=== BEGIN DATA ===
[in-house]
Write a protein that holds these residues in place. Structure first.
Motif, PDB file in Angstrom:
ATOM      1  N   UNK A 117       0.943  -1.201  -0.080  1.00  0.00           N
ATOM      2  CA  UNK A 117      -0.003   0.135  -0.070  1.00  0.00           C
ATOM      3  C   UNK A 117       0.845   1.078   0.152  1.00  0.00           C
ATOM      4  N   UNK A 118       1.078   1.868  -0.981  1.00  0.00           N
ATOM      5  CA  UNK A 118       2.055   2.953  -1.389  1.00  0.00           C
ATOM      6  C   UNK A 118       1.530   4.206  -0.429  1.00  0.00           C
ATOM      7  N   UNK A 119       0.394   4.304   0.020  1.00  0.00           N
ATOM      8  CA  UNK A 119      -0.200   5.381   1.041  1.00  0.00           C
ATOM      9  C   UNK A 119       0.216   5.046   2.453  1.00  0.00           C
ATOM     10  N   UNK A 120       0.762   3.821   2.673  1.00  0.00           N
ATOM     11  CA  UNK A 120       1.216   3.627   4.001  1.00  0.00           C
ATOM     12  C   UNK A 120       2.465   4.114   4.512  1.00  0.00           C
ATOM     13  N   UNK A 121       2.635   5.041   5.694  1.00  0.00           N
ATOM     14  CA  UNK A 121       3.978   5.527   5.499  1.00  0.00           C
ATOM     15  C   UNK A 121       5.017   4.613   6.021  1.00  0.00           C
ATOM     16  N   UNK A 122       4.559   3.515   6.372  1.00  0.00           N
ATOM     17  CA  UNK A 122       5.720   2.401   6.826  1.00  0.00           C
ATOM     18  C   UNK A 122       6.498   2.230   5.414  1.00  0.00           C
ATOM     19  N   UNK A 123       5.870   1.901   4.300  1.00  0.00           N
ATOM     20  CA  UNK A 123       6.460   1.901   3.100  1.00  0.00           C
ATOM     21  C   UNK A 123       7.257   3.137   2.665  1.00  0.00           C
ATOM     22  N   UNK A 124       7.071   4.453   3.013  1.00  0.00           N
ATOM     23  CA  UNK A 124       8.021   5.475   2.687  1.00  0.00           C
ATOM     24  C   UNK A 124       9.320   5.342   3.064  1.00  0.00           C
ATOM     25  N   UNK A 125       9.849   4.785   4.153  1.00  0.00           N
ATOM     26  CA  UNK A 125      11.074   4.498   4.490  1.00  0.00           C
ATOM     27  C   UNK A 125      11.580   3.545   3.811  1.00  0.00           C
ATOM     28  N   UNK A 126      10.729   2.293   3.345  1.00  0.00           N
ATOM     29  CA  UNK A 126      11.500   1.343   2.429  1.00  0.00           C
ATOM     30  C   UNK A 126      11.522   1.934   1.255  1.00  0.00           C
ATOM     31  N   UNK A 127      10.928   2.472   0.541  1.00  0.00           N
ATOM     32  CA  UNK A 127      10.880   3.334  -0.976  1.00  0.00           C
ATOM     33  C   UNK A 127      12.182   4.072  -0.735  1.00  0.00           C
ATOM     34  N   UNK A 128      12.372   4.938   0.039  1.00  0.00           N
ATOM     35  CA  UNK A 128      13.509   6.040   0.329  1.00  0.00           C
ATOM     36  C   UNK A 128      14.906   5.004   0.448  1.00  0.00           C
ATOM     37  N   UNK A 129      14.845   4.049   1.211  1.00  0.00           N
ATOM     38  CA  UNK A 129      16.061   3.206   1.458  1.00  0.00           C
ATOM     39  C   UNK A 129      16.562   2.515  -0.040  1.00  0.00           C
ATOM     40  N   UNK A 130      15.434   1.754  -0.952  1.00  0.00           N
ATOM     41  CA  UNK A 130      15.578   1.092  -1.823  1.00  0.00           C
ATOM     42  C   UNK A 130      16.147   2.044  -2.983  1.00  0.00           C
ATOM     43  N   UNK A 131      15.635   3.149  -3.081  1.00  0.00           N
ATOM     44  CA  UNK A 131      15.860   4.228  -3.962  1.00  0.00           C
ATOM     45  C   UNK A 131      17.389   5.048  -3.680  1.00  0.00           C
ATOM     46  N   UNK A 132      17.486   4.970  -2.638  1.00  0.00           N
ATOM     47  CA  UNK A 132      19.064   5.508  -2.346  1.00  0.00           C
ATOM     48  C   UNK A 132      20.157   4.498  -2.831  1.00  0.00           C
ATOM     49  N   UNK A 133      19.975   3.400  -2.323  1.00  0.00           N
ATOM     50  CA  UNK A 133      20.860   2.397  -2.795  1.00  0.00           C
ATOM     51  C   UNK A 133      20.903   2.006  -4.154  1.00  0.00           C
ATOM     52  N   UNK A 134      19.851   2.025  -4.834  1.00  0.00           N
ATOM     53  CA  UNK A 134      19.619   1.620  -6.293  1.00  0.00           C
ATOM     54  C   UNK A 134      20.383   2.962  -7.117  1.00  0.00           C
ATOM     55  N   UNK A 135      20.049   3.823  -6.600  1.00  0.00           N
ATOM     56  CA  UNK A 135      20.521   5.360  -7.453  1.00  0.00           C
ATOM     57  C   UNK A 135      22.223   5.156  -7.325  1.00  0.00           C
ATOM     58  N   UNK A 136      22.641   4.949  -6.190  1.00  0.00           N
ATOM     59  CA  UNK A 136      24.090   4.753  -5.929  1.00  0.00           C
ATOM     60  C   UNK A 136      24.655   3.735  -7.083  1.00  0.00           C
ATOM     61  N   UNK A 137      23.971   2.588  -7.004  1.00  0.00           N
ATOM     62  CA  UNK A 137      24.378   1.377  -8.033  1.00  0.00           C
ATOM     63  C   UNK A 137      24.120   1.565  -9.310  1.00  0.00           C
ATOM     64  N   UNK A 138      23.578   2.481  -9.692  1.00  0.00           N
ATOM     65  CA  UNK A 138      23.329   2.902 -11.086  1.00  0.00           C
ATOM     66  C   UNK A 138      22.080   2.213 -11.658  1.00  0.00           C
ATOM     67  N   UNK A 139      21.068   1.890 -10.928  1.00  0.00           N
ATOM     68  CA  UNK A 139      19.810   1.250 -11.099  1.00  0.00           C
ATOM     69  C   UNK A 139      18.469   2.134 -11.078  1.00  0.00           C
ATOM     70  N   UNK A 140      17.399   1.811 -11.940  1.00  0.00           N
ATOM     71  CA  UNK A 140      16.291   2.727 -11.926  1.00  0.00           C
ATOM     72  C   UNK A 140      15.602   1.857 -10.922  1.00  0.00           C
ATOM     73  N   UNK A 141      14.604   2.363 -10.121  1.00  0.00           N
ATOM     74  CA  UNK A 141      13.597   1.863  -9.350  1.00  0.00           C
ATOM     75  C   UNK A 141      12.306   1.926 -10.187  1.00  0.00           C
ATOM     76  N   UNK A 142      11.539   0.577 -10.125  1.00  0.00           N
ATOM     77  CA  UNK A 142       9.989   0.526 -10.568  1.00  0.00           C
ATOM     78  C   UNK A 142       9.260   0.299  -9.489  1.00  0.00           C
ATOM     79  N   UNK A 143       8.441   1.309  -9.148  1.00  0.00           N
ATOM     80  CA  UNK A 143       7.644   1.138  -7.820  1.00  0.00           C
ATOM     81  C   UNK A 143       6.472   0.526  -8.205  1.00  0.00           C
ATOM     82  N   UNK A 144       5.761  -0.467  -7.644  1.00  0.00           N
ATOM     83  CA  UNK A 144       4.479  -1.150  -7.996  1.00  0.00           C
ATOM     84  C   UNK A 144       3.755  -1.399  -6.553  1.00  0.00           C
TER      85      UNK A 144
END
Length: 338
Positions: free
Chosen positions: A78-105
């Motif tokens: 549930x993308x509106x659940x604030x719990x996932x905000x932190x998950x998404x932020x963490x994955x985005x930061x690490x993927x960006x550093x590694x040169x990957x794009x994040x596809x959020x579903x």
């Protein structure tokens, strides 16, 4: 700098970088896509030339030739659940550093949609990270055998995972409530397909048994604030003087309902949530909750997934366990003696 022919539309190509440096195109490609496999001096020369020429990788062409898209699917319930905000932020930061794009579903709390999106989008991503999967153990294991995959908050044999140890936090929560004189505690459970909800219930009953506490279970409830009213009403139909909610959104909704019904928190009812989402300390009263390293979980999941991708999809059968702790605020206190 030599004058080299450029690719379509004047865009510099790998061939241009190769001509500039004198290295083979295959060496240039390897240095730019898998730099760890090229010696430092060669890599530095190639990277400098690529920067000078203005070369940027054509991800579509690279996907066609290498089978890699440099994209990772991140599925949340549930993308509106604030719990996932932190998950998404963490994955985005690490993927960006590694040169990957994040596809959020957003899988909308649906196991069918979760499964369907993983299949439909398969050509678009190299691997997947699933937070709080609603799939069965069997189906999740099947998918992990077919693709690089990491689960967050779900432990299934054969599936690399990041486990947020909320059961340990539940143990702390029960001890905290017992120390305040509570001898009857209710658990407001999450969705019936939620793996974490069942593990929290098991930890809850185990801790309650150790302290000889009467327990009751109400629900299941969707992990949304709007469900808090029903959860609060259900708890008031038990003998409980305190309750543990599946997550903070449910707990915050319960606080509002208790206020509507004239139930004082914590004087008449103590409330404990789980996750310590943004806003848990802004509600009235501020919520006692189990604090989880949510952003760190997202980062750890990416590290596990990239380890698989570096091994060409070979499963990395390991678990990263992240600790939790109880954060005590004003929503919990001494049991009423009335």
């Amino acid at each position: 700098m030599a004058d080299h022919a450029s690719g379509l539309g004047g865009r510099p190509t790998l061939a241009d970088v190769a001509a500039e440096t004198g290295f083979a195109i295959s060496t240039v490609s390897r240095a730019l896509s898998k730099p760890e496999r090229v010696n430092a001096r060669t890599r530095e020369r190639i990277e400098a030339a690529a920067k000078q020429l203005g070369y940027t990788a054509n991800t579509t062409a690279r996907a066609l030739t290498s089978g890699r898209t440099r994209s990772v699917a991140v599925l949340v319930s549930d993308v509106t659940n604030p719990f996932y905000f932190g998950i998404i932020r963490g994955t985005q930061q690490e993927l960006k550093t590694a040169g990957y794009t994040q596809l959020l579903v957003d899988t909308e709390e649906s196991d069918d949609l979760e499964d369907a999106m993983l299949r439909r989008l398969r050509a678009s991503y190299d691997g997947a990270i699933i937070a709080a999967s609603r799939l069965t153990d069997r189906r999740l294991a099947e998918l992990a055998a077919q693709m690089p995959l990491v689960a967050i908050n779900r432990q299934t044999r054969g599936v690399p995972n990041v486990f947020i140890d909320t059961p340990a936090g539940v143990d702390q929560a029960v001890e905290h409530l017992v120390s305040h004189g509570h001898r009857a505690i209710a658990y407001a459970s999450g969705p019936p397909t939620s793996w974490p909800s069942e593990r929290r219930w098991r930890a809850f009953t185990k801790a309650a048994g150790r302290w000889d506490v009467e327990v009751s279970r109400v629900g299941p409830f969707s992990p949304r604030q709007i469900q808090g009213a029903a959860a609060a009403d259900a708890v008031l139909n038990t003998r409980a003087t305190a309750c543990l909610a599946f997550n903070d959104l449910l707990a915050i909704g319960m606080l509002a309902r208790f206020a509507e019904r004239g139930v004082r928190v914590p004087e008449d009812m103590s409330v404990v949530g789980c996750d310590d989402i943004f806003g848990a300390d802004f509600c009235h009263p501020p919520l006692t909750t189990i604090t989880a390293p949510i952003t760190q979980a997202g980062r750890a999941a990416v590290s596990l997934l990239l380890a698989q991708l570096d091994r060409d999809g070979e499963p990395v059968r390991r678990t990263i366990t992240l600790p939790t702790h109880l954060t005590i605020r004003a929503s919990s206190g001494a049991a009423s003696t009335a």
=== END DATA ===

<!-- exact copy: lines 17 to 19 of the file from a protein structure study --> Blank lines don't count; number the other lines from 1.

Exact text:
ATOM     14  CA  UNK A 121       3.978   5.527   5.499  1.00  0.00           C
ATOM     15  C   UNK A 121       5.017   4.613   6.021  1.00  0.00           C
ATOM     16  N   UNK A 122       4.559   3.515   6.372  1.00  0.00           N